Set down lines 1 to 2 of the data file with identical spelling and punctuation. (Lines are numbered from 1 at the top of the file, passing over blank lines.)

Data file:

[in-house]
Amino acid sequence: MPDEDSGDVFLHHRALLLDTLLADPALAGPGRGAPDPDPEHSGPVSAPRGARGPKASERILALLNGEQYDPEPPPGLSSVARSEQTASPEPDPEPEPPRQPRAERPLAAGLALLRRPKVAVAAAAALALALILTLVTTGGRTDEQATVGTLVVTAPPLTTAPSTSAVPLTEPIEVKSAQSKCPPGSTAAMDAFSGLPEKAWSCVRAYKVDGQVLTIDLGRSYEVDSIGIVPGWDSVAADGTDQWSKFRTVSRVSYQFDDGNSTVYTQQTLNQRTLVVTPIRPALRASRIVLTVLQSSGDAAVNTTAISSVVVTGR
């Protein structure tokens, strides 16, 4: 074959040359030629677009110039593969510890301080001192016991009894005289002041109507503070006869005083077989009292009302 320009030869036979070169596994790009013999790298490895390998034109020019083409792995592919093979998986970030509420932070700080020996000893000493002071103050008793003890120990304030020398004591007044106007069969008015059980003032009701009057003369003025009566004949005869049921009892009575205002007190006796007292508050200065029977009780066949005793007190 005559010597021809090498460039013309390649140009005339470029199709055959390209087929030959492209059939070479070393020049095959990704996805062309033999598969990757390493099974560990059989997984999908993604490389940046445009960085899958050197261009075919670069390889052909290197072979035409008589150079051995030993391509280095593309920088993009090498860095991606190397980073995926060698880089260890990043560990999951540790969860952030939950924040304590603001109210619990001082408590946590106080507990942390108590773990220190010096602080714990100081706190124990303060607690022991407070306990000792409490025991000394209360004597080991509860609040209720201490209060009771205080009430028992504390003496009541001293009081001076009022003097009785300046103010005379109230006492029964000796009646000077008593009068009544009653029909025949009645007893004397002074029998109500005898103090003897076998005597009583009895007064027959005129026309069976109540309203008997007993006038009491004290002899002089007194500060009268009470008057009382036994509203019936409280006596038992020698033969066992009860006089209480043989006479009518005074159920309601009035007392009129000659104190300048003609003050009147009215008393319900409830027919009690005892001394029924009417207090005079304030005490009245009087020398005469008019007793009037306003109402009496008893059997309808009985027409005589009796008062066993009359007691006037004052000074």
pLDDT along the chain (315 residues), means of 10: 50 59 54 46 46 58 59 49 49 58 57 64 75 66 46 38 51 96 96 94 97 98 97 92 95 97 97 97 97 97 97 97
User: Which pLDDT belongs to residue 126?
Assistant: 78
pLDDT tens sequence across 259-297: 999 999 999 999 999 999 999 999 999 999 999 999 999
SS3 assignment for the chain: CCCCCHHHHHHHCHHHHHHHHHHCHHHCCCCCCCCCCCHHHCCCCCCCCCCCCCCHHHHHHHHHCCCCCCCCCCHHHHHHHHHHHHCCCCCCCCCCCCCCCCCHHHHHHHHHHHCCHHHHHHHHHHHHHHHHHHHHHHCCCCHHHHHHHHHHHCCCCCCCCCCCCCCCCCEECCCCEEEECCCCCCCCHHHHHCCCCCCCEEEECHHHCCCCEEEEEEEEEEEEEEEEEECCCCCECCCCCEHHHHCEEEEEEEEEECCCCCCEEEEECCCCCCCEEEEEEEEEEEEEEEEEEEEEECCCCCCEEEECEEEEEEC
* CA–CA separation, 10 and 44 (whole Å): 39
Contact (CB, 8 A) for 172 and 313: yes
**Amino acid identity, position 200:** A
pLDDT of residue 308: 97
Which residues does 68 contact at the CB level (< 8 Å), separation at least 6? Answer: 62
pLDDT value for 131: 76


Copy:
[in-house]
Amino acid sequence: MPDEDSGDVFLHHRALLLDTLLADPALAGPGRGAPDPDPEHSGPVSAPRGARGPKASERILALLNGEQYDPEPPPGLSSVARSEQTASPEPDPEPEPPRQPRAERPLAAGLALLRRPKVAVAAAAALALALILTLVTTGGRTDEQATVGTLVVTAPPLTTAPSTSAVPLTEPIEVKSAQSKCPPGSTAAMDAFSGLPEKAWSCVRAYKVDGQVLTIDLGRSYEVDSIGIVPGWDSVAADGTDQWSKFRTVSRVSYQFDDGNSTVYTQQTLNQRTLVVTPIRPALRASRIVLTVLQSSGDAAVNTTAISSVVVTGR